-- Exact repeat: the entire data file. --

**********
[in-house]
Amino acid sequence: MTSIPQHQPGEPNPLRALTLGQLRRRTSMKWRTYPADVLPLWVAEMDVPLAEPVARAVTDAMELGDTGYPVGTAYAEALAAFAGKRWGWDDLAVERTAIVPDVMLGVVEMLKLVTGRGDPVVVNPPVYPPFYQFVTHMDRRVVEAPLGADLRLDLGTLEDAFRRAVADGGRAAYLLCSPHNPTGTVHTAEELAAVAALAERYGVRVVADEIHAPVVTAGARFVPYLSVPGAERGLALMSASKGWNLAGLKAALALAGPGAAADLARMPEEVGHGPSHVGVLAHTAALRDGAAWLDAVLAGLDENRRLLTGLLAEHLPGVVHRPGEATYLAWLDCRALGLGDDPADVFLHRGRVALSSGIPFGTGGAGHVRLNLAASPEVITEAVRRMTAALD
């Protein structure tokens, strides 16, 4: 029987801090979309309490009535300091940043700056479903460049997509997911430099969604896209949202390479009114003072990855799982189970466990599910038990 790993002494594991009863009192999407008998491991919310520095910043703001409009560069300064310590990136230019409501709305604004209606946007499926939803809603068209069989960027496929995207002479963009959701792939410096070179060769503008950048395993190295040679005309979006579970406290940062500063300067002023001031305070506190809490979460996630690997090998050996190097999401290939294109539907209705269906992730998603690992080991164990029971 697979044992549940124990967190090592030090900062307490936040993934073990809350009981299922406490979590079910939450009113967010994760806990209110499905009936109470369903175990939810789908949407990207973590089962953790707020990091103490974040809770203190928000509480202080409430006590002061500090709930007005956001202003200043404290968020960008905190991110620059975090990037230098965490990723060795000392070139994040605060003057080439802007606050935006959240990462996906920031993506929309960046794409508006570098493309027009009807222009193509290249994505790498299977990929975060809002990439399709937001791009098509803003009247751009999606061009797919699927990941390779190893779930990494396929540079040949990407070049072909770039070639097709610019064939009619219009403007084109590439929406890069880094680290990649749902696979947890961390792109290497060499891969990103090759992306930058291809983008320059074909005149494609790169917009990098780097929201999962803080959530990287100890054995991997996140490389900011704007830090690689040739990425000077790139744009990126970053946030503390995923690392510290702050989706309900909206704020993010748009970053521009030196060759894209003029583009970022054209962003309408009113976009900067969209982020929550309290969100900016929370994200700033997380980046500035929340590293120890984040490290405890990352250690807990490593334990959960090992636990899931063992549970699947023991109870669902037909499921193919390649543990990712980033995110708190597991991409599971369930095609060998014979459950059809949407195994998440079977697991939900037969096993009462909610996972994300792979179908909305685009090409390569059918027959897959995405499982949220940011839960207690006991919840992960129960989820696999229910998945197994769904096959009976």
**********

[in-house]
Amino acid sequence: MTSIPQHQPGEPNPLRALTLGQLRRRTSMKWRTYPADVLPLWVAEMDVPLAEPVARAVTDAMELGDTGYPVGTAYAEALAAFAGKRWGWDDLAVERTAIVPDVMLGVVEMLKLVTGRGDPVVVNPPVYPPFYQFVTHMDRRVVEAPLGADLRLDLGTLEDAFRRAVADGGRAAYLLCSPHNPTGTVHTAEELAAVAALAERYGVRVVADEIHAPVVTAGARFVPYLSVPGAERGLALMSASKGWNLAGLKAALALAGPGAAADLARMPEEVGHGPSHVGVLAHTAALRDGAAWLDAVLAGLDENRRLLTGLLAEHLPGVVHRPGEATYLAWLDCRALGLGDDPADVFLHRGRVALSSGIPFGTGGAGHVRLNLAASPEVITEAVRRMTAALD
């Protein structure tokens, strides 16, 4: 029987801090979309309490009535300091940043700056479903460049997509997911430099969604896209949202390479009114003072990855799982189970466990599910038990 790993002494594991009863009192999407008998491991919310520095910043703001409009560069300064310590990136230019409501709305604004209606946007499926939803809603068209069989960027496929995207002479963009959701792939410096070179060769503008950048395993190295040679005309979006579970406290940062500063300067002023001031305070506190809490979460996630690997090998050996190097999401290939294109539907209705269906992730998603690992080991164990029971 697979044992549940124990967190090592030090900062307490936040993934073990809350009981299922406490979590079910939450009113967010994760806990209110499905009936109470369903175990939810789908949407990207973590089962953790707020990091103490974040809770203190928000509480202080409430006590002061500090709930007005956001202003200043404290968020960008905190991110620059975090990037230098965490990723060795000392070139994040605060003057080439802007606050935006959240990462996906920031993506929309960046794409508006570098493309027009009807222009193509290249994505790498299977990929975060809002990439399709937001791009098509803003009247751009999606061009797919699927990941390779190893779930990494396929540079040949990407070049072909770039070639097709610019064939009619219009403007084109590439929406890069880094680290990649749902696979947890961390792109290497060499891969990103090759992306930058291809983008320059074909005149494609790169917009990098780097929201999962803080959530990287100890054995991997996140490389900011704007830090690689040739990425000077790139744009990126970053946030503390995923690392510290702050989706309900909206704020993010748009970053521009030196060759894209003029583009970022054209962003309408009113976009900067969209982020929550309290969100900016929370994200700033997380980046500035929340590293120890984040490290405890990352250690807990490593334990959960090992636990899931063992549970699947023991109870669902037909499921193919390649543990990712980033995110708190597991991409599971369930095609060998014979459950059809949407195994998440079977697991939900037969096993009462909610996972994300792979179908909305685009090409390569059918027959897959995405499982949220940011839960207690006991919840992960129960989820696999229910998945197994769904096959009976």